If it makes logical sense, if I’ve sought all the advice and spent a suitable amount of time processing whatever it is, my heart will follow soon thereafter.
The point of conflict
If you’re not this type of person, you’ve already seen a point of conflict with what you’ve read so far, and if you are this sort of person, you can relate. Either way, both types of people know where my struggle lies, and that is in interfacing with others who aren’t as structured or formatted as I am.
That’s not to say I don’t get along with people. Quite the contrary – I love people, and I strive for peace with all men and women. I know there are definitely people who don’t like me (I could even name some of them), but for the most part, my interactions with others are pretty pleasant. I’m a big believer in grace and forgiveness – in giving people chances to grow and become all they’re meant to be.
And yet in my own life I’ve had to balance all this with the inner frustration of running into decisions that you could deem “illogical”. The ones that don’t seem to make sense. When someone’s initial words or behaviour go one way, but then the follow up goes another. In a similar vein, people in these sorts of boats find me frustrating because I have set my formulaic approach that is not playing nicely with their approach where a + b might equal c, but it doesn’t mean c is the answer. In fact, I can think of several big conversations in different areas of my life that have literally started with another person (or a few people) saying, “It is logical, but…”
Factors beyond logic
But maybe it’s not that their behaviour is illogical – perhaps it is that there are factors beyond logic that are more important in their decision making process. Namely, feelings. Ironically, I understand this very well, as my personality type is actually feelings heavy. The conflict is that my personality type seems to be a contradiction of itself. But what do you do when logic says one thing, but your heart says something else?
And my logical mind would continue to go down this train of thought with a few different answers to that question. First of all, how can you understand a situation when you can’t even understand yourself? I think most of the worst decisions we all make in our lives are around a failure to understand or face what’s going on within our own hearts. I think back to times I’ve snapped at people or locked myself in a world of anxiety, and it’s been because I haven’t properly allowed a deep enough understanding of myself to develop. I haven’t been in touch with my own decision making process and led myself into a place of feeling trapped (even inducing panic attacks in one particular work situation). As a man thinks in his heart, so he is.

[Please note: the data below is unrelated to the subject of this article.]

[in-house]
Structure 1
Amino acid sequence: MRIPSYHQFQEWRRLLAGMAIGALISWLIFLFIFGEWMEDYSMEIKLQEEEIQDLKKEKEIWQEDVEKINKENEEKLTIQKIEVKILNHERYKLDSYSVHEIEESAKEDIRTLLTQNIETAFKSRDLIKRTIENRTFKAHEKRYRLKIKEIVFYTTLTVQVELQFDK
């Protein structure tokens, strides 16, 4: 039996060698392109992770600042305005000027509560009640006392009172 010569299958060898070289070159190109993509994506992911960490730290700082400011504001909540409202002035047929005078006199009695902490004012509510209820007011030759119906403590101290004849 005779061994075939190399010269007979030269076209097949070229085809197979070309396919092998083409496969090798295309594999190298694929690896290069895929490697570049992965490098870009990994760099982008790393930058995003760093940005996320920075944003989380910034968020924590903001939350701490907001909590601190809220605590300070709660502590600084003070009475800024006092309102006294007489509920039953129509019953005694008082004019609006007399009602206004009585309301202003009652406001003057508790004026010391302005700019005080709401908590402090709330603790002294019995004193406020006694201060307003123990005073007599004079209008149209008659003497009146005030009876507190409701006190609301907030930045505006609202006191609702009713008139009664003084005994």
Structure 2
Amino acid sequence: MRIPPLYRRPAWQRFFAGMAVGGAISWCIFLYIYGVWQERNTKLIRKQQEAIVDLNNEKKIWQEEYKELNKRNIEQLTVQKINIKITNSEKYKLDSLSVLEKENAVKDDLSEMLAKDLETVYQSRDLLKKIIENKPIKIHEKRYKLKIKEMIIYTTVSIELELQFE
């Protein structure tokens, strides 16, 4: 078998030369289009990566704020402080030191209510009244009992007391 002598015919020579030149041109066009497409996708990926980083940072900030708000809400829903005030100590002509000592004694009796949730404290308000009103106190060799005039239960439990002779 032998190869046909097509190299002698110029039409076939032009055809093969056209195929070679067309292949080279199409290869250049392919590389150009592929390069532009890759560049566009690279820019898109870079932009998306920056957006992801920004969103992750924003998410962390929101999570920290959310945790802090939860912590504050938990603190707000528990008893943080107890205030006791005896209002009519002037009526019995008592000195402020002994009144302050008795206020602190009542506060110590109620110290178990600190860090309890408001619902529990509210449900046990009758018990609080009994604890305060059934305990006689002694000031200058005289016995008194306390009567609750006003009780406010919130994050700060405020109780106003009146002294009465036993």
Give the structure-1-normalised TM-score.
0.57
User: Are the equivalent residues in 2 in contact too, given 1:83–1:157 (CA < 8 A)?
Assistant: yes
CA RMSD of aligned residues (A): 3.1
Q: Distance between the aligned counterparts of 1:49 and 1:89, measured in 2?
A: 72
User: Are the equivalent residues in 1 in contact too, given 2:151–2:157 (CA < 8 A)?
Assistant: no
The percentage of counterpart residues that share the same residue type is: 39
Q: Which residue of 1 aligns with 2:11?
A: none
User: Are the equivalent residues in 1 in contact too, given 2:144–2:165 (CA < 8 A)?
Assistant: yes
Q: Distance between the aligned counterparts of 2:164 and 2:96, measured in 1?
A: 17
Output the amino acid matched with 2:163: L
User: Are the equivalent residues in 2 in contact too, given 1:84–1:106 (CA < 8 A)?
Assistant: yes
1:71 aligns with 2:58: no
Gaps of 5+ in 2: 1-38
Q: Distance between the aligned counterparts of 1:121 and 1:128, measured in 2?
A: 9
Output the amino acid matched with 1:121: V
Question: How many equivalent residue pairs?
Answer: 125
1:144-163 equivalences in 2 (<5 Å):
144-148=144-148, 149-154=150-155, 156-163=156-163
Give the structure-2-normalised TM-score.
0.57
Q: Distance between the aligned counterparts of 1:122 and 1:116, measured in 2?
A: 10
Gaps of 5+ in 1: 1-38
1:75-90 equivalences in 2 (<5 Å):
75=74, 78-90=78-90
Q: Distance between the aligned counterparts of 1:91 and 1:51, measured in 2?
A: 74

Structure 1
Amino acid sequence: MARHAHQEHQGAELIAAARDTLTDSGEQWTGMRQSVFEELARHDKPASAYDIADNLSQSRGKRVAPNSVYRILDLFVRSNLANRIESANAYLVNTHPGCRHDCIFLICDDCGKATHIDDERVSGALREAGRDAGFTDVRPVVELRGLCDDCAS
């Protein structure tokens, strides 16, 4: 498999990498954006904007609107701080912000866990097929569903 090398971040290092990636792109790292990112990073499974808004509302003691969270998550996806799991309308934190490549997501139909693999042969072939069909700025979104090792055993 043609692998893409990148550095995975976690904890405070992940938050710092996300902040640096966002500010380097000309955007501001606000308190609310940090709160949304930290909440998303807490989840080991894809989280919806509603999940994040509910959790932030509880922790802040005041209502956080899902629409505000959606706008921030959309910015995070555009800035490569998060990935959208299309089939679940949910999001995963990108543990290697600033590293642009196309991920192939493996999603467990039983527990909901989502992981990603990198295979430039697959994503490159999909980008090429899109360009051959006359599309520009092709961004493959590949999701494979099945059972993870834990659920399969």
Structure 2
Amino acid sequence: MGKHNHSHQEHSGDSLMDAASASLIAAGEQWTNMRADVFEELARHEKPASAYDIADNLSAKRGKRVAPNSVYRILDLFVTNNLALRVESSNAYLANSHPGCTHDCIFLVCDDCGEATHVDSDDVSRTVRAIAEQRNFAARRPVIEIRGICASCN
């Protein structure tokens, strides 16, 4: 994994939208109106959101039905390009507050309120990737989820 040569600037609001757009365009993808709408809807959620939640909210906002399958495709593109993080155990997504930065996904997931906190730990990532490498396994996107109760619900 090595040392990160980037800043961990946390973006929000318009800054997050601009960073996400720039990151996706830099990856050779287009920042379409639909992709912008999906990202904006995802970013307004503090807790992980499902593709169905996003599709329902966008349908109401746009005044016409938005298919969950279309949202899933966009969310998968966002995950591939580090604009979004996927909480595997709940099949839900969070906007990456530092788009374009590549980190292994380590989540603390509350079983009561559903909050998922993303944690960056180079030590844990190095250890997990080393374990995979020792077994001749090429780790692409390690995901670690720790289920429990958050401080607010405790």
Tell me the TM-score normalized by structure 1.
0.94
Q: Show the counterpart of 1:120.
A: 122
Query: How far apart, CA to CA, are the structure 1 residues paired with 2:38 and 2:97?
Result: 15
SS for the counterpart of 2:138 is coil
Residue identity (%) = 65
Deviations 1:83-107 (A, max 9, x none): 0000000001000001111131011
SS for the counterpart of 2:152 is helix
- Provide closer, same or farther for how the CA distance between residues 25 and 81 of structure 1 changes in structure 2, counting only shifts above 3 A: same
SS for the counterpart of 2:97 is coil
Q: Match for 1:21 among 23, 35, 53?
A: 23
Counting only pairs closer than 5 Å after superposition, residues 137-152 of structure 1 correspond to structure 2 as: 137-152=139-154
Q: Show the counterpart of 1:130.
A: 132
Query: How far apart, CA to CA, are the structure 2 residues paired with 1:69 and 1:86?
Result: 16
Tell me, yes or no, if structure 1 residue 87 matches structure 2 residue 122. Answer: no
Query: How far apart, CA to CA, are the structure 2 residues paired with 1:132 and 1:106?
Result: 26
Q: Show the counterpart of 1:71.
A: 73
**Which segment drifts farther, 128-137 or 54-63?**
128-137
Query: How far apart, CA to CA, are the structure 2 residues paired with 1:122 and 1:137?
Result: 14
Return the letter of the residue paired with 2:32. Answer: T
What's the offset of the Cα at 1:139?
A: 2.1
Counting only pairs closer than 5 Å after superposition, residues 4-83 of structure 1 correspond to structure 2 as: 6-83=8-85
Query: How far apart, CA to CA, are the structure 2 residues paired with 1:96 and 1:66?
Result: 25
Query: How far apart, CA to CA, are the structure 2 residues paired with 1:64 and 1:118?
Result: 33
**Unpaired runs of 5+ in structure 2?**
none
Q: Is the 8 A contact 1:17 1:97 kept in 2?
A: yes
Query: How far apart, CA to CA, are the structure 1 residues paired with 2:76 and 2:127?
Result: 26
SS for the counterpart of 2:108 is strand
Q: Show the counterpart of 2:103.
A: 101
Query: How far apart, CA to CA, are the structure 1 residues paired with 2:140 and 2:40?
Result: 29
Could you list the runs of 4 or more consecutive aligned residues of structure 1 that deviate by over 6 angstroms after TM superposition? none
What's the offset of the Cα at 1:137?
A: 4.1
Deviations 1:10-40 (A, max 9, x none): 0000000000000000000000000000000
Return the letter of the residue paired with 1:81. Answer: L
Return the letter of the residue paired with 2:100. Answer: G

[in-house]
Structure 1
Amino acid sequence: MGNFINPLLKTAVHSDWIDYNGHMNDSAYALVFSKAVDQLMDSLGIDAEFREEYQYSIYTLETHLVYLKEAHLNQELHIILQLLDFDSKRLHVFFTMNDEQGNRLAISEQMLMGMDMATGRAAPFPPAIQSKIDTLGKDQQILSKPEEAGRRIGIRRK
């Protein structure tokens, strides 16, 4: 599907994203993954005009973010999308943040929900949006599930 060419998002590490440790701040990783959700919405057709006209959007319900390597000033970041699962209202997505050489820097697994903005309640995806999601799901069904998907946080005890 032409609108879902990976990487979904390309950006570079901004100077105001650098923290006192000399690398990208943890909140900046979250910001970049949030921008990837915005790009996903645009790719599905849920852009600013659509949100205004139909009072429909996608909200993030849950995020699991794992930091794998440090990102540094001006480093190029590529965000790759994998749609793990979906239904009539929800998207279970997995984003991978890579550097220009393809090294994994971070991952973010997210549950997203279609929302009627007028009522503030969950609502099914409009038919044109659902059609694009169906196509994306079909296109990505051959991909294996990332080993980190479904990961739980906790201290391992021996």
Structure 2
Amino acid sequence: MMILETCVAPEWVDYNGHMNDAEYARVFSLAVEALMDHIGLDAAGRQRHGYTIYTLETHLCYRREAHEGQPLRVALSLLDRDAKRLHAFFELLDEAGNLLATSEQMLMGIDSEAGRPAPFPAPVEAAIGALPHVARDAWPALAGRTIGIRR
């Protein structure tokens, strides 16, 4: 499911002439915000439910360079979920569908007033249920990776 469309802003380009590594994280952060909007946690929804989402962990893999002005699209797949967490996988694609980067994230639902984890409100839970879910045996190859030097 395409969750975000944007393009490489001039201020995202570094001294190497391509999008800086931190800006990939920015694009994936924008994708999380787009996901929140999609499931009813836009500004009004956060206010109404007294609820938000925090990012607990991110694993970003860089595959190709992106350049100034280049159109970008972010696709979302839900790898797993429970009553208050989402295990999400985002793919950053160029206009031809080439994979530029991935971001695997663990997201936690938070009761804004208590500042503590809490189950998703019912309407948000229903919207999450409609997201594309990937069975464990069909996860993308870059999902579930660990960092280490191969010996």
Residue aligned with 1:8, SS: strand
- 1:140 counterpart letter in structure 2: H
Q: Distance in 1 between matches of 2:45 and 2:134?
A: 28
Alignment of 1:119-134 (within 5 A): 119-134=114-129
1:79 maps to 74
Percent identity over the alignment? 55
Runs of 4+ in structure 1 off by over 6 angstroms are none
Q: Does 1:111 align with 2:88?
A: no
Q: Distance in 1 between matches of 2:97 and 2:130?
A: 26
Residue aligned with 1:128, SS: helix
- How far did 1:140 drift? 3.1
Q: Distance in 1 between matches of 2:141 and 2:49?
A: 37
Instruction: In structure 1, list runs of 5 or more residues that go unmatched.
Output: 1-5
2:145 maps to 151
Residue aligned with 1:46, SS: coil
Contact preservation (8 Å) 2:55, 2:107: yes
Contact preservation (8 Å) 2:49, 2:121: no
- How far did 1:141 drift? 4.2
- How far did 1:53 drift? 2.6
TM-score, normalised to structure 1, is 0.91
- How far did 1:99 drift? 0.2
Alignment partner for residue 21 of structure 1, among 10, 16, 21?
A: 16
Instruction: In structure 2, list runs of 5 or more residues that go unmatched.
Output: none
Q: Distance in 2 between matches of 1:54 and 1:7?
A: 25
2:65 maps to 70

Another thought that comes to mind is that the heart is deceitful above all else. This is probably why I don’t usually follow mine unless I’ve done the due diligence of working it through. Or rather, as described above, I find my heart following the accepted train of thought in my mind. And there are so many examples of really terrible or nearsighted decisions being made by listening immediately to the feelings of the heart on their own. Relationships that shouldn’t have started because there were so many factors that would lead to a dead end… or relationships that should have started, but didn’t for lack of the actions that lead to intimacy and developed trust. Fights with friends over stupid small things that were actually triggered because of a bigger feeling in the heart. Walking away from truth because of an immediate sense that it doesn’t seem to be working out right now. And yet on the other side, the desires of our heart can be very directional in leading us into the path we should take.
The final thought is that we have to learn to live with the decisions of others, whether logical, illogical, or some combination in the middle. Whether it be that the path of logic leads us against each other, or our feelings are incompatible, we have to learn to negotiate life with others in the event we reach the point of conflict. At the crossroads of our disagreements, where will we go from here? Will we adhere to a common path, or decide to go our separate ways? Will we allow ourselves to be challenged, or will we accept our current train of thought or emotional state as the final word?
What’s the right answer? Yes. No. Maybe. All of the above.
And I’m sure you can relate. We all face this in our approach to life. Head or heart, logic or feelings, reason or intuition. I think faith lives in both. In some ways, faith is the most illogical choice you can make, but since it’s always the right one, it’s also the most logical choice to make.
I guess we are all on our journey, trying to find our path. Where do we go from here? The answer, my friend, is up to you and me.
Thanks for coming on this little introspective ride with me. I’ve done quite a few of these sorts of posts and people always tell me in person, comments or messages (yes I see them all!) that these sorts of posts resonate with them, so hopefully this one resonates with you too. How about you? Do you find yourself driven by logic? Or are you on the other end of the spectrum and in regular conflict with people like me? Would love to hear from you.